We finally got out and our next task was to figure out how far away the Notre Dame was, and how to get there (uber? Walk? Train?) It was only a mile away and for some reason, we were (almost) all up for another mile 🙂 So we set off, in a drizzle of rain (it had mostly been a clear, beautiful day, except for when we got dropped off at The Tower). It was a nice walk, really, through the charming/gorgeous streets of Paris (with a pause for Sam to get a chicken sandwich on a baguette, since she really didn’t have lunch). This walk really didn’t even feel touristy…. and finally, there we were! Facing the famous Notre Dame!
Here’s a great shot from William’s camera… above the three ground doors there are a bunch of pillar-looking things that spans this side of the building… those are lifesize+ statues of people (not sure who, there are more than 12 of them):
I think it was around 8pm by now, and it was closed, but we enjoyed being there, and looking at it… it was really quite something. I wish I knew more about it before we got there… Ellie says “tell us the history of this,” and I said “I honestly don’t know anything about it, except for the Victor Hugo book, and the Disney movie…” and she said “Oh, I thought you knew everything.” :p LOL Far from it! But I’ll study up on this. This whole trip has been a lesson in What Jason Doesn’t Know About World History.
Again, it was time to look for food…. dinner time! We were headed away from the Notre Dame but there was a street vendor selling these super neat things (called Lotus Flowers see images here on Amazon) that he made, and he was demonstrating it for someone. We were all struck with how amazingly cool these things were… we bought four of them! The Lotus Flower is an ancient meditation thing (toy? device? fidgity thing?) from India, and just too cool for words. We spent at least a half hour with this guy, who hails from Poland (but spoke great French and English), and has been making these by hand for, I think, 27 years. William is totally interested in learning how to make and sell Lotus Flowers… stay tuned! I think they are way more fun and intriguing than fidget spinners!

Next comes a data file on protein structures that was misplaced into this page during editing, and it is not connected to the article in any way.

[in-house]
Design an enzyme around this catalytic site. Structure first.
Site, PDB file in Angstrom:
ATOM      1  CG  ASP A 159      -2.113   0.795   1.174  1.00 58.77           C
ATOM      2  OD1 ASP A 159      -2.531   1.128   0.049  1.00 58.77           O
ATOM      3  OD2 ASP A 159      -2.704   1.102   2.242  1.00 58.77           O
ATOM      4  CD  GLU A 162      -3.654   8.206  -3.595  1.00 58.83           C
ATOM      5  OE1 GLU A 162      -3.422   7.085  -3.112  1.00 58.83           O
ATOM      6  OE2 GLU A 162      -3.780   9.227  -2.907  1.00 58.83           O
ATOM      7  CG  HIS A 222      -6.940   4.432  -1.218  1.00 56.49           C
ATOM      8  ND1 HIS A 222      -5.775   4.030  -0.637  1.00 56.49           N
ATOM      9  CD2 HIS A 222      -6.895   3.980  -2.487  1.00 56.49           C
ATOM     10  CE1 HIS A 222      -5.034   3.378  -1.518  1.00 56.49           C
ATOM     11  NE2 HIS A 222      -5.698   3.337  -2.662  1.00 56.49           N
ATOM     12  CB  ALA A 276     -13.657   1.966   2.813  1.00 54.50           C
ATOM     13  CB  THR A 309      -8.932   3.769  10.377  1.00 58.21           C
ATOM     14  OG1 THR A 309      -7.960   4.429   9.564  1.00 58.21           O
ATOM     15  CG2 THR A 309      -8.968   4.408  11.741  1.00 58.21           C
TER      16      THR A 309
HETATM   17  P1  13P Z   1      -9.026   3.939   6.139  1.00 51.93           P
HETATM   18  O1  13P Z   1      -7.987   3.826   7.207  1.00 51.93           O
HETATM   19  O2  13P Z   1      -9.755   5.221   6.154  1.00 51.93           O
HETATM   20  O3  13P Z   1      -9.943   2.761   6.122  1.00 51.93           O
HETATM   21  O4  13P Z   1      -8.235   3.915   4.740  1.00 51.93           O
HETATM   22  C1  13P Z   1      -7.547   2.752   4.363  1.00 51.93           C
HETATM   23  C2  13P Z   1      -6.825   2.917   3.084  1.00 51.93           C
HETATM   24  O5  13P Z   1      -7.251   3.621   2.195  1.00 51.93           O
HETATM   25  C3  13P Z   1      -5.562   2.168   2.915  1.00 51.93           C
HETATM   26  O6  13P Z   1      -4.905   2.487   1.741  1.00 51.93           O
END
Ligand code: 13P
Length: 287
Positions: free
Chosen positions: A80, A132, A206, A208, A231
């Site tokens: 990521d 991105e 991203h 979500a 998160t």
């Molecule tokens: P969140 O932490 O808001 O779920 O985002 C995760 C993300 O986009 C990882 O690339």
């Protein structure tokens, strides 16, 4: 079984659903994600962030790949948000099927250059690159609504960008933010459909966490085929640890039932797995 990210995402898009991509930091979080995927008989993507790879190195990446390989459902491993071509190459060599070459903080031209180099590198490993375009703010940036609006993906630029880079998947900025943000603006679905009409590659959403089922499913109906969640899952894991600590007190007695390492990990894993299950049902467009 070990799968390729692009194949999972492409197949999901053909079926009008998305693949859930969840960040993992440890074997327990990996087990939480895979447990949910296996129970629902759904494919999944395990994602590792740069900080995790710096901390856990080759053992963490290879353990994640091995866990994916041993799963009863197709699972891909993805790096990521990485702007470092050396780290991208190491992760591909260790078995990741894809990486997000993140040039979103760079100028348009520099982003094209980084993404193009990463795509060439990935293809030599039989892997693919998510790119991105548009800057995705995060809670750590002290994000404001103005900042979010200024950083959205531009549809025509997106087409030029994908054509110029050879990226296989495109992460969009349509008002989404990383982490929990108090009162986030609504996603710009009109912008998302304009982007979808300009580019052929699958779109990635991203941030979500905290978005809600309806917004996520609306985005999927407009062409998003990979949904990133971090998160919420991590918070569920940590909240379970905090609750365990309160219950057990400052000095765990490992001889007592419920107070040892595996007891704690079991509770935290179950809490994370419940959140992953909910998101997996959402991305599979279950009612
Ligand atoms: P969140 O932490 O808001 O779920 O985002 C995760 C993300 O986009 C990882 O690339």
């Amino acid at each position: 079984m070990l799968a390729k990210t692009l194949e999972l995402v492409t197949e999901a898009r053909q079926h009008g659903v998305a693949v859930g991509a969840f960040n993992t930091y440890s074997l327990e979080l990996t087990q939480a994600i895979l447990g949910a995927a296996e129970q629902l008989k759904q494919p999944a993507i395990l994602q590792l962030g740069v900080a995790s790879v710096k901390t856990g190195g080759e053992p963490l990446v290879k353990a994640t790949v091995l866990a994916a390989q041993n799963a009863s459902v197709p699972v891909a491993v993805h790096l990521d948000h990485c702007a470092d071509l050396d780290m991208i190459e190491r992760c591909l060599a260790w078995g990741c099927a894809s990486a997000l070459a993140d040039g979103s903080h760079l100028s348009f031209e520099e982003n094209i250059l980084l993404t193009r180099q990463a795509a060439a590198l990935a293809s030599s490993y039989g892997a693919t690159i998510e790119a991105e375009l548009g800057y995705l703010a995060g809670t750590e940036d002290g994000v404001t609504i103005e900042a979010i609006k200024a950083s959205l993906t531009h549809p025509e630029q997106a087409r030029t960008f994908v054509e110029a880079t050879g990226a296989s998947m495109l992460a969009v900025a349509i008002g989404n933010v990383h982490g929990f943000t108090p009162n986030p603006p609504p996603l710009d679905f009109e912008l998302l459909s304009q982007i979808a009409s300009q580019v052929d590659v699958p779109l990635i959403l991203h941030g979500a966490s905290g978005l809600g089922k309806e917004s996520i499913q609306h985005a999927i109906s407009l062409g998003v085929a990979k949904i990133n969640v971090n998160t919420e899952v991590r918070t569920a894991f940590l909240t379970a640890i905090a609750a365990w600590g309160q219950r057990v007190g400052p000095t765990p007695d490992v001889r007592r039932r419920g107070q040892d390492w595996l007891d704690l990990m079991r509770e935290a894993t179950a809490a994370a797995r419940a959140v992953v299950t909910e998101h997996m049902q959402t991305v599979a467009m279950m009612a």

We crossed the bridge and then went up two streets to an alley with lots of neon lights… it was like a market with food and souvenirs.
I know, very touristy, but the price were GREAT! Instead of fifteen euro plates, they were like five. The first stop was crepes (haven’t done that yet) for four euros each. We got three with Nutella and coconut flakes… they were DELICIOUS. Across the alley was gyros for five euros… that was our next stop. Finally, were were well-fed and ready to conquer the rest of Paris (which was mostly getting home!).
We walked down the alley a bit more and finally found what we were really looking for: macaroons! Oh yeah, and it happened to be a gelato (ice cream) shop, too… it had everything we were ready for. We spent about thirty minutes there eating and eating and eating… and then walked around the alleys more. This was not just one alley, it was multiple. Lots of eating, lots of tourists, and lots of shops. It was really fun.
When we got to the end we got our uber, a guy who spoke no English, so we didn’t talk to him, but the Trio was playful and chatty… we finally got in at 11ish, and pretty much went to our beds. I got to talk to my kids at home, and Kaisie… that was really nice. It’s always nice to hear their voices, and what they are up to.
So that’s it, Paris is done… tomorrow we are planning on going to Monet’s Garden, which has been Ellie’s dream (I’d never heard of it before). We are either going to the beach after that, or we are headed back home to explore this neighborhood a bit. We’ll see what the day brings!
Au revoir, mis amigos!